Monday, February 24, 2020

The wisdom of the jungle (Following folktales around the world 144. - Uganda)

Today I continue the blog series titled Following folktales around the world! If you would like to know what the series is all about, you can find the introduction post here. You can find all posts here, or you can follow the series on Facebook!

The ​King of the Snakes
And other folk-lore stories from Uganda
Rosetta Baskerville
The Sheldon Press, 1922.

The book contains twenty-six Ugandan folktales from the turn of the last century. Some of them have been translated from a Luganda collection by the author, while others she collected herself over the years she spent in Uganda. The book also contains some songs and proverbs, although it's hard to tell how close the rhyming song translations are to the original. The book was meant for children, so I suspect the tales have been "prettied up" by the author, but it was still a pretty great read.
(The title refers to a story where a wise man sees a dream predicting the arrival of the whites carried by metal snakes - the railroads.)


The story of Kintu revealed how death appeared in the world. Kintu was a shepherd boy who fell in love with Nambi, princess of the Cloud Kingdom, who slid down the rainbow with her siblings to play. Kintu and Nambi married, but when she moved to earth she was followed by her brother Walumbe, Death, who decided to stay among the people. In another story Mpobe the Hunter found the passage to Walumbe's underground realm, but Death let him go, making him promise not to tell anyone about his adventure. Of course the hunter broke the promise, and Walumba came to take him.
The story of Princess Peace started out great, but then took a nose dive, sadly. It was about a princess who wanted to travel and see other lands, but her father kept telling her that other kingdoms were full of strange people and not worth seeing. The princess set out anyway, crossing the great lakes with the help of a bird... and saw a foreign kingdom where people were different, so she returned home, concluding that her father was right. Boo.
Two wizards featured into the story of the Locusts, and they worked together to end the pest: one lured the locusts above Lake Victoria with the help of singing fireflies, and the other sent a storm from the top of his volcano to wash all the insects into the lake.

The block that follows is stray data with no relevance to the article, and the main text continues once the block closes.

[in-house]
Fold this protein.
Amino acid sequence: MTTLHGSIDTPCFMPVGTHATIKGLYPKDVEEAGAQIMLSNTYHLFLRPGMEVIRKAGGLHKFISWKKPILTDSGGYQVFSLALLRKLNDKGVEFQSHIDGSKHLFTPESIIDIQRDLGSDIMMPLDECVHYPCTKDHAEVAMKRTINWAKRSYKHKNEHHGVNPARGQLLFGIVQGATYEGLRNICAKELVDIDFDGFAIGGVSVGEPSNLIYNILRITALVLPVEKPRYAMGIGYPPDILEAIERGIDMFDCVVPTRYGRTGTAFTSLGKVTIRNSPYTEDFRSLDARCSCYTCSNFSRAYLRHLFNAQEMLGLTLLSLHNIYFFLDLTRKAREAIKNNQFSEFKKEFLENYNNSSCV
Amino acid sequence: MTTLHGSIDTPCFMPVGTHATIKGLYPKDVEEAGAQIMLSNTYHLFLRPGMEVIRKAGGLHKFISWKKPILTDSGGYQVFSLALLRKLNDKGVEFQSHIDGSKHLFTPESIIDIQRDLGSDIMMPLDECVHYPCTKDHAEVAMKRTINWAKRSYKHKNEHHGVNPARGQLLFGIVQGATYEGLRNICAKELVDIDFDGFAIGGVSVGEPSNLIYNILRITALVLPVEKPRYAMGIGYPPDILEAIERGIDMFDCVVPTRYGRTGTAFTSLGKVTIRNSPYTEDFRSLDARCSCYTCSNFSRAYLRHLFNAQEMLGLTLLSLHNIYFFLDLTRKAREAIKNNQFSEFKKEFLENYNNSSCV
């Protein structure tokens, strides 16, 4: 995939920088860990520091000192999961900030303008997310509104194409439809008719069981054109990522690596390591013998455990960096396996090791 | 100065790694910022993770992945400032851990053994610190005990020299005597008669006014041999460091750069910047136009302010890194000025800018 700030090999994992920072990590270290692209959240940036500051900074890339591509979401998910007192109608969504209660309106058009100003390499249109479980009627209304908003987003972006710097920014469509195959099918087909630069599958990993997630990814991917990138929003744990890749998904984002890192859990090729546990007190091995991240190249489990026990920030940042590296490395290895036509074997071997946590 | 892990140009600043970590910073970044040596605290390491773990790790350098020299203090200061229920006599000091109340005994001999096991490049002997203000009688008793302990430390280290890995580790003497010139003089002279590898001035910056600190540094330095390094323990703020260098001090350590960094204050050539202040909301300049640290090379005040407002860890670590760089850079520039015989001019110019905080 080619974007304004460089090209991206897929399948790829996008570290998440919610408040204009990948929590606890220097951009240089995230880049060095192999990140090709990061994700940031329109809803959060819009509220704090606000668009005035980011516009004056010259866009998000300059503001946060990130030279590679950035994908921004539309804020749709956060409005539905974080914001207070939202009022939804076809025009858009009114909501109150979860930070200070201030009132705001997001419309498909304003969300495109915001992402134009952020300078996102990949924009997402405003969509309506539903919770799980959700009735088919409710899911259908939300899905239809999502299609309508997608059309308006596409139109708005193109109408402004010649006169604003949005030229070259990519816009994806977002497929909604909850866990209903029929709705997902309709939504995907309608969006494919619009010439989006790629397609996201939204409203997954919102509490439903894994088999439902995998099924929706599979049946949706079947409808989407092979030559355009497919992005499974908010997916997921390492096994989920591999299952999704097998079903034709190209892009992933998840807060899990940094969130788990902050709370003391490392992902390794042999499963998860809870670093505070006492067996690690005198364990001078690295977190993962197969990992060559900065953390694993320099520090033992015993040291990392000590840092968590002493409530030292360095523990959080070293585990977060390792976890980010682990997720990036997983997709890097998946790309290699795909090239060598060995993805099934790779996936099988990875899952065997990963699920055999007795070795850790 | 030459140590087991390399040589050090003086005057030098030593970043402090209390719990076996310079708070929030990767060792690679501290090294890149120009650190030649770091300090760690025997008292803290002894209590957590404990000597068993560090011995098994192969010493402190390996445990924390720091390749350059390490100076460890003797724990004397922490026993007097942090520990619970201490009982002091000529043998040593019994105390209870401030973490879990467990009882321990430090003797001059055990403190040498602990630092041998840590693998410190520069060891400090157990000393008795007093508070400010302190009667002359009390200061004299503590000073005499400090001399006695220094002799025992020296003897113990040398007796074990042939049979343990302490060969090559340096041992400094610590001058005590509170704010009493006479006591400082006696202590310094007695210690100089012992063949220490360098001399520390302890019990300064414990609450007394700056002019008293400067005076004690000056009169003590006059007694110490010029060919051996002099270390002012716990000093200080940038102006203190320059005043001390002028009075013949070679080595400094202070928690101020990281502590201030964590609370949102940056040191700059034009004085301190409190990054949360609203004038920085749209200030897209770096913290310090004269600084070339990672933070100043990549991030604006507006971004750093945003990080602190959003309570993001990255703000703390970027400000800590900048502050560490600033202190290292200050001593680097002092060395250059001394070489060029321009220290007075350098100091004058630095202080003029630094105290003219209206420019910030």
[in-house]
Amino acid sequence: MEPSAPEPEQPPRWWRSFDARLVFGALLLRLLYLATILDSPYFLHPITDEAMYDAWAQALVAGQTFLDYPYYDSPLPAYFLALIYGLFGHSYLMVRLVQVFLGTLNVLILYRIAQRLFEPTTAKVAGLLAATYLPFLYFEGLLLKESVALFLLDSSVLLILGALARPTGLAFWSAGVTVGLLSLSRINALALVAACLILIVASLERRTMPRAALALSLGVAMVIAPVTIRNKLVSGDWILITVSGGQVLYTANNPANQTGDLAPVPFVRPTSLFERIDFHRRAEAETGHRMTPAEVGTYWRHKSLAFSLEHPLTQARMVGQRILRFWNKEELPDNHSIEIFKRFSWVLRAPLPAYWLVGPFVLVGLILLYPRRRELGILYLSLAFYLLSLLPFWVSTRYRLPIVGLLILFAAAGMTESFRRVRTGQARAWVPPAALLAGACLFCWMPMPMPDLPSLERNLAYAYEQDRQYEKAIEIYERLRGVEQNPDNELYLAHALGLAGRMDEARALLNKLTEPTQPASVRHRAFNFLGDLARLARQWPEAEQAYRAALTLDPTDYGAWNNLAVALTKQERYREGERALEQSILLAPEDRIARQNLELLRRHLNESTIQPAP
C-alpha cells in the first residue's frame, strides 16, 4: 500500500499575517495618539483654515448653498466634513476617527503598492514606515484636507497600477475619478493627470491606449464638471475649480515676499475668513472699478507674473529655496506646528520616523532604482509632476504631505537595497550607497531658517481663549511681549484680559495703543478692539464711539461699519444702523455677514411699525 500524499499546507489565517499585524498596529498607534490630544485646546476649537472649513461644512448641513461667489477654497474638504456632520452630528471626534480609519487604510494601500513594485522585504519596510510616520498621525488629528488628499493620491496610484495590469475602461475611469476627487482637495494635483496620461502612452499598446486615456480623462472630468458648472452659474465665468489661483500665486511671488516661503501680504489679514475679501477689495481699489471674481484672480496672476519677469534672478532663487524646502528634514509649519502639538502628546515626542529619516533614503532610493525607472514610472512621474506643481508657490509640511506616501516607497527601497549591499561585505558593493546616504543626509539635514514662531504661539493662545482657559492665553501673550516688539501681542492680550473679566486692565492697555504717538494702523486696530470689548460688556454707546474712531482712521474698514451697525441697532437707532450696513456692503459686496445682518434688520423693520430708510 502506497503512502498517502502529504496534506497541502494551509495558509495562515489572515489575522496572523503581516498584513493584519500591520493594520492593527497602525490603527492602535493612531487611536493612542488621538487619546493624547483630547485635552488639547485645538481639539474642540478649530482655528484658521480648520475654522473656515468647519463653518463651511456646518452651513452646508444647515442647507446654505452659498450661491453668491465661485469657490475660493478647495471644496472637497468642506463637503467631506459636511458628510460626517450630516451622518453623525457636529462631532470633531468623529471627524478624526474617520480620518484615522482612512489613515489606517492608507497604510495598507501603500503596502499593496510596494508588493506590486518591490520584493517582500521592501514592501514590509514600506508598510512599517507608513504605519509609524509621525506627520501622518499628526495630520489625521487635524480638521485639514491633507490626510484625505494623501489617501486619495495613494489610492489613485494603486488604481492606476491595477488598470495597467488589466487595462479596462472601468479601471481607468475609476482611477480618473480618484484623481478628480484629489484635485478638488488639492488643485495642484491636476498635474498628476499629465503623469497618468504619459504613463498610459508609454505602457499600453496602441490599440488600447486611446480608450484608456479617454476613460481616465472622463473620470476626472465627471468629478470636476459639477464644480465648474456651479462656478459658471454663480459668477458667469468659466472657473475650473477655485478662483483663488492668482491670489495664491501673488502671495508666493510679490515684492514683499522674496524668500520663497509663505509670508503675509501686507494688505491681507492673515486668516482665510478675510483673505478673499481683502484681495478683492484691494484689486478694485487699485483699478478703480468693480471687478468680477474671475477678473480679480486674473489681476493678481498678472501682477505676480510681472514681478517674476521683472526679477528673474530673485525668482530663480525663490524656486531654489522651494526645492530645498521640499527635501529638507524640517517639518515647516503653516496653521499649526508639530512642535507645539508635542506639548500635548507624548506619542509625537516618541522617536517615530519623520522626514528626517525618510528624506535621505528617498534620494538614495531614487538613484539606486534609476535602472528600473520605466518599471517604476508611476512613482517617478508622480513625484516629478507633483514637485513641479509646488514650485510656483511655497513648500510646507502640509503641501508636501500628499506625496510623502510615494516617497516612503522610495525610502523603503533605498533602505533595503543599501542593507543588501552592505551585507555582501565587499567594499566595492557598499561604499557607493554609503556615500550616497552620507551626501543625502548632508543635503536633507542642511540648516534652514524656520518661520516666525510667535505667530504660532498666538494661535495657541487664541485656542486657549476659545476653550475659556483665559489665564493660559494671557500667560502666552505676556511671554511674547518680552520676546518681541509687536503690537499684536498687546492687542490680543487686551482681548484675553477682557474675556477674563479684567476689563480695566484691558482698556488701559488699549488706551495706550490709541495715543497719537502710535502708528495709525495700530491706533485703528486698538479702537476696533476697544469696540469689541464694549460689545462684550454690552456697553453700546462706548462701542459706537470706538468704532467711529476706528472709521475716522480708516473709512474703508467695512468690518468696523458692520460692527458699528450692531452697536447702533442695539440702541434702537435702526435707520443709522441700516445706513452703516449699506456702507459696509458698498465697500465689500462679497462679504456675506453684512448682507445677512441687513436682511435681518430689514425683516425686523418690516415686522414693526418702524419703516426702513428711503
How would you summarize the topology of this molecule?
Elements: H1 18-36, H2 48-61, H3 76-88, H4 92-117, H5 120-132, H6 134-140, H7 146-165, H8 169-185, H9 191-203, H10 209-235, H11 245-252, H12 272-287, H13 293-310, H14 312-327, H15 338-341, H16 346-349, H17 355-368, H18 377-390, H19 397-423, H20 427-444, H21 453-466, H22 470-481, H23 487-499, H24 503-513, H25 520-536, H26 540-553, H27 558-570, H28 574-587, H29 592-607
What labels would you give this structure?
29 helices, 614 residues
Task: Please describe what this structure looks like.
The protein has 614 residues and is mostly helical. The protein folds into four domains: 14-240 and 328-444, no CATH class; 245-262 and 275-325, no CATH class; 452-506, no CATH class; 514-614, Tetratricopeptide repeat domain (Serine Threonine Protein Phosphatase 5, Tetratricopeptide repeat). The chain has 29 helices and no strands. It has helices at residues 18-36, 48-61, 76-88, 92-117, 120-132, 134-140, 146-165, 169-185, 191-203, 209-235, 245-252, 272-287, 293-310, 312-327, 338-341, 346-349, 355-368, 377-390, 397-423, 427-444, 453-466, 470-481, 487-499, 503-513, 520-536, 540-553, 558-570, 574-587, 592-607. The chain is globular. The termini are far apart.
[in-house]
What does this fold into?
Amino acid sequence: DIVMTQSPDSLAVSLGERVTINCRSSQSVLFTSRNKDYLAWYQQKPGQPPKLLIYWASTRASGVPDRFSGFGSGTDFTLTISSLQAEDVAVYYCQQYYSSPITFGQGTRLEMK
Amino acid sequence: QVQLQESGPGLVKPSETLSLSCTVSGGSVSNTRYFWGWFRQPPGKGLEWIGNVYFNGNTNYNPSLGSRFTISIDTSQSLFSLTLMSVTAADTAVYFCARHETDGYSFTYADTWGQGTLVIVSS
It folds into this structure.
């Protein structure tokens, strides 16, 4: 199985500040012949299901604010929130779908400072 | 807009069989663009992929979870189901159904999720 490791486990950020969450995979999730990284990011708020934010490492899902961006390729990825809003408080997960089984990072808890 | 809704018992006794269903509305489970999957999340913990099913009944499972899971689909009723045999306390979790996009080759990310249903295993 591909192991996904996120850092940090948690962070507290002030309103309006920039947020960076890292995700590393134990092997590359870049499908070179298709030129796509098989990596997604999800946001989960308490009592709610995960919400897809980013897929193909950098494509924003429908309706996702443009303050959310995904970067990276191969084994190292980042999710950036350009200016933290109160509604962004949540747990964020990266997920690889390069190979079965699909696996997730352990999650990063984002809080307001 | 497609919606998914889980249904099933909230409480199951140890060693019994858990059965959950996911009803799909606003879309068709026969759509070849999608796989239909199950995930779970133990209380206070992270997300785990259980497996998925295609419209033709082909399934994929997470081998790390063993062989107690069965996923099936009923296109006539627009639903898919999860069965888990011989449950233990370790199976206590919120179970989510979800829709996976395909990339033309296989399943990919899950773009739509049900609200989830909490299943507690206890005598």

My favorite story in the book was that of The fairy foxes, where a greedy king built a zoo, collecting all kinds of animals, none of which were happy or treated well in captivity. One of his advisers, feeling sorry for the animals, convinced the king that there were "fairy foxes" in the jungle, and the king set out to find them. Over the weeks spent in the jungle the king's eyes opened to the beauty of nature, and he set his zoo animals free.
Another favorite was the story of Two friends. A strange, quiet boy went out into the jungle to think, and all kinds of animals gave him unwanted advice, until he was befriended by a hare, who treated him kindly and helped him find his own way.
These last two stories were the kind that makes this whole reading challenge worth it...


The story of the fairy bumblebee resembled that of the Queen Bee by the Grimms. Kinto saved a bumblebee from the rain, and in return it helped him get back his stolen cow from a wizard, with the help of various ants and a bamboo forest. The riddles of an evil king were answered by Walukaga the Blacksmith, rather than the usual clever maiden.
The motif of fire theft appeared in the tale of Kibate: here the fire had to be taken from the horn of a rhino, by telling it a funny story. The fire was successfully acquired by a lonely hunter, who'd spent enough time in the jungle to understand the humor of rhinos. There was once again a "why bats fly at night" type story (here, because they forgot to give a message to the Sun and they are hiding from him). The story of the animals inviting each other for dinner featured Frog and Lizard this time. There was also a tale where Rooster threatened all the animals with his "burning" comb - until Leopard's children figured out it was not dangerous at all.
The resident trickster was Hare once again. In one story he got rid of Lion and Hyena to get a better king for the animals (they had a contest about whose thoughts are more interesting). In another tale he traded a handful of corn for increasingly better things until he earned a cow (this was a very good variant for this tale type).

Where to next?

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